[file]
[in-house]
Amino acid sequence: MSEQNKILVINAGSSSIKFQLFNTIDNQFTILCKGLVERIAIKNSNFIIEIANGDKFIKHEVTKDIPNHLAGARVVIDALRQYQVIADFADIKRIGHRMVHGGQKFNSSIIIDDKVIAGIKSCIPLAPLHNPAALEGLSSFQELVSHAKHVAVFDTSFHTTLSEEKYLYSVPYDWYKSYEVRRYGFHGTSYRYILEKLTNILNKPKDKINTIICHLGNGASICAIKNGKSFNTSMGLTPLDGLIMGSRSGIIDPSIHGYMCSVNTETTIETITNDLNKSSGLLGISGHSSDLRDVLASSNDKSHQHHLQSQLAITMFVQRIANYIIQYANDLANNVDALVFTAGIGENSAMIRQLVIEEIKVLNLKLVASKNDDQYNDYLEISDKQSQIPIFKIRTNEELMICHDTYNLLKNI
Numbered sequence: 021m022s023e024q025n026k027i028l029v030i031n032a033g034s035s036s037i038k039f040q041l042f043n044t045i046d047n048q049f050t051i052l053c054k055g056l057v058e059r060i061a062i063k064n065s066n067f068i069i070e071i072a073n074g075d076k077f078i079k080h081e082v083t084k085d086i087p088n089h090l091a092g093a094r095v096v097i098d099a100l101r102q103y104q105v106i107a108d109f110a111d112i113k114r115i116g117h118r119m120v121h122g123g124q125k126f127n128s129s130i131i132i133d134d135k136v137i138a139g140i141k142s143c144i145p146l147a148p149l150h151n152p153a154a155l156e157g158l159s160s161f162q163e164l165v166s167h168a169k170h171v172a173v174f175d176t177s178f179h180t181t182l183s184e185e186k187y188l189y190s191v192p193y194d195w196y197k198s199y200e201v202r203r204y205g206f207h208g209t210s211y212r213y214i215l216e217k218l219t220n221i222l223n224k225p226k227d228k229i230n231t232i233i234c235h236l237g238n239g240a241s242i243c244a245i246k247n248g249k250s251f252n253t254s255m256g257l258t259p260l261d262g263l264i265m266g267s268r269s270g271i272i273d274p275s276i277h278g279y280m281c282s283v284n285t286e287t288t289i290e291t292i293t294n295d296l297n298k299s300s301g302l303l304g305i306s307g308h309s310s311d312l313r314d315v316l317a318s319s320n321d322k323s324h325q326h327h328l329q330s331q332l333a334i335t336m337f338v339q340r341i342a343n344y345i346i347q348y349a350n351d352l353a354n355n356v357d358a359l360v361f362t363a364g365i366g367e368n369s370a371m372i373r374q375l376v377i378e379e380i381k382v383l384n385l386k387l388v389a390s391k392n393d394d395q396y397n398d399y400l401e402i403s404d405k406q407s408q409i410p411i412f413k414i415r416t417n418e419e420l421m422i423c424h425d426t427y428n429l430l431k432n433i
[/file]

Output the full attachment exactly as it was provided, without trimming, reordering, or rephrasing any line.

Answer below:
[in-house]
Amino acid sequence: MSEQNKILVINAGSSSIKFQLFNTIDNQFTILCKGLVERIAIKNSNFIIEIANGDKFIKHEVTKDIPNHLAGARVVIDALRQYQVIADFADIKRIGHRMVHGGQKFNSSIIIDDKVIAGIKSCIPLAPLHNPAALEGLSSFQELVSHAKHVAVFDTSFHTTLSEEKYLYSVPYDWYKSYEVRRYGFHGTSYRYILEKLTNILNKPKDKINTIICHLGNGASICAIKNGKSFNTSMGLTPLDGLIMGSRSGIIDPSIHGYMCSVNTETTIETITNDLNKSSGLLGISGHSSDLRDVLASSNDKSHQHHLQSQLAITMFVQRIANYIIQYANDLANNVDALVFTAGIGENSAMIRQLVIEEIKVLNLKLVASKNDDQYNDYLEISDKQSQIPIFKIRTNEELMICHDTYNLLKNI
Numbered sequence: 021m022s023e024q025n026k027i028l029v030i031n032a033g034s035s036s037i038k039f040q041l042f043n044t045i046d047n048q049f050t051i052l053c054k055g056l057v058e059r060i061a062i063k064n065s066n067f068i069i070e071i072a073n074g075d076k077f078i079k080h081e082v083t084k085d086i087p088n089h090l091a092g093a094r095v096v097i098d099a100l101r102q103y104q105v106i107a108d109f110a111d112i113k114r115i116g117h118r119m120v121h122g123g124q125k126f127n128s129s130i131i132i133d134d135k136v137i138a139g140i141k142s143c144i145p146l147a148p149l150h151n152p153a154a155l156e157g158l159s160s161f162q163e164l165v166s167h168a169k170h171v172a173v174f175d176t177s178f179h180t181t182l183s184e185e186k187y188l189y190s191v192p193y194d195w196y197k198s199y200e201v202r203r204y205g206f207h208g209t210s211y212r213y214i215l216e217k218l219t220n221i222l223n224k225p226k227d228k229i230n231t232i233i234c235h236l237g238n239g240a241s242i243c244a245i246k247n248g249k250s251f252n253t254s255m256g257l258t259p260l261d262g263l264i265m266g267s268r269s270g271i272i273d274p275s276i277h278g279y280m281c282s283v284n285t286e287t288t289i290e291t292i293t294n295d296l297n298k299s300s301g302l303l304g305i306s307g308h309s310s311d312l313r314d315v316l317a318s319s320n321d322k323s324h325q326h327h328l329q330s331q332l333a334i335t336m337f338v339q340r341i342a343n344y345i346i347q348y349a350n351d352l353a354n355n356v357d358a359l360v361f362t363a364g365i366g367e368n369s370a371m372i373r374q375l376v377i378e379e380i381k382v383l384n385l386k387l388v389a390s391k392n393d394d395q396y397n398d399y400l401e402i403s404d405k406q407s408q409i410p411i412f413k414i415r416t417n418e419e420l421m422i423c424h425d426t427y428n429l430l431k432n433i